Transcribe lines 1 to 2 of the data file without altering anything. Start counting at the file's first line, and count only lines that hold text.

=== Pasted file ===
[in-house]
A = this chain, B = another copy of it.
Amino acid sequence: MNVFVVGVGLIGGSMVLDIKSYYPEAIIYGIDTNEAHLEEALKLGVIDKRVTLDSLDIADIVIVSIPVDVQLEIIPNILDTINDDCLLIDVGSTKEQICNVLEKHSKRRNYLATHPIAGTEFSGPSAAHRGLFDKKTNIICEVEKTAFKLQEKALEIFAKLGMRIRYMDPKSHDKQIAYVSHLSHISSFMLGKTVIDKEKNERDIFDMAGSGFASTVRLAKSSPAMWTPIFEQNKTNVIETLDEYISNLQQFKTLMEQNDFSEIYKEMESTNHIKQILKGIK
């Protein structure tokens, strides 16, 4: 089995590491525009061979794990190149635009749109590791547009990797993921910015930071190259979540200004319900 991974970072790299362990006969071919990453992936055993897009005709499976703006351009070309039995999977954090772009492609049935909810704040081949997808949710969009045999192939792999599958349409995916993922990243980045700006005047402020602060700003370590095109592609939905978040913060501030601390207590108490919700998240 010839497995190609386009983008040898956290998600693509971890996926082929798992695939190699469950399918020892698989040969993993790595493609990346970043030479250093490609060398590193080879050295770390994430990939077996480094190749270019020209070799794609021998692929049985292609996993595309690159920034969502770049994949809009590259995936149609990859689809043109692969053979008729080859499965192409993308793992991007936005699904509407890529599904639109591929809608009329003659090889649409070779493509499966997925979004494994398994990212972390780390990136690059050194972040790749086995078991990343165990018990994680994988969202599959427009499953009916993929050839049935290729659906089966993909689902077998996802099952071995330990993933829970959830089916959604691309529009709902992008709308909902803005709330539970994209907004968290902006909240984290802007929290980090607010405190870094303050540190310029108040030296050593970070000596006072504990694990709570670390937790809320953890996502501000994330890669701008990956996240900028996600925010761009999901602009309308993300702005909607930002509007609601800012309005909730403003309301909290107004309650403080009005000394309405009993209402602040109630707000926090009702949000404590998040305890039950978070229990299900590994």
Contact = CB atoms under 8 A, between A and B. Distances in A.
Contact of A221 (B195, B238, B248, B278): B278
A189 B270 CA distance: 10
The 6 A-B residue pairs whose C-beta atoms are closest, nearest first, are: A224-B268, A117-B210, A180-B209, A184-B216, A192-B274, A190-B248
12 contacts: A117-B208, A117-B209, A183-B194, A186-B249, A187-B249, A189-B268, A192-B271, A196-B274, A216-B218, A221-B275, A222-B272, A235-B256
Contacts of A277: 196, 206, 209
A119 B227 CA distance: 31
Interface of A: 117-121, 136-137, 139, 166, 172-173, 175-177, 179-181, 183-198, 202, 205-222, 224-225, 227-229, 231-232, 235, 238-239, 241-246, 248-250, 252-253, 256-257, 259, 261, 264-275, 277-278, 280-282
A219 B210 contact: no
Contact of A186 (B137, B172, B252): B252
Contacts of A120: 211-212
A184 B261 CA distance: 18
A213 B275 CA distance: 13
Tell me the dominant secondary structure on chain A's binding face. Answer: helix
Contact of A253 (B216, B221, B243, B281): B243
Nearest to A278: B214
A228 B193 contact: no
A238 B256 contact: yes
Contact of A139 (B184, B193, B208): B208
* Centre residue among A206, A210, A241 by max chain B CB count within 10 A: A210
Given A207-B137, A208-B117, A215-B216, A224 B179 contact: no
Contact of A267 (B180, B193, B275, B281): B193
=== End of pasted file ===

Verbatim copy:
[in-house]
A = this chain, B = another copy of it.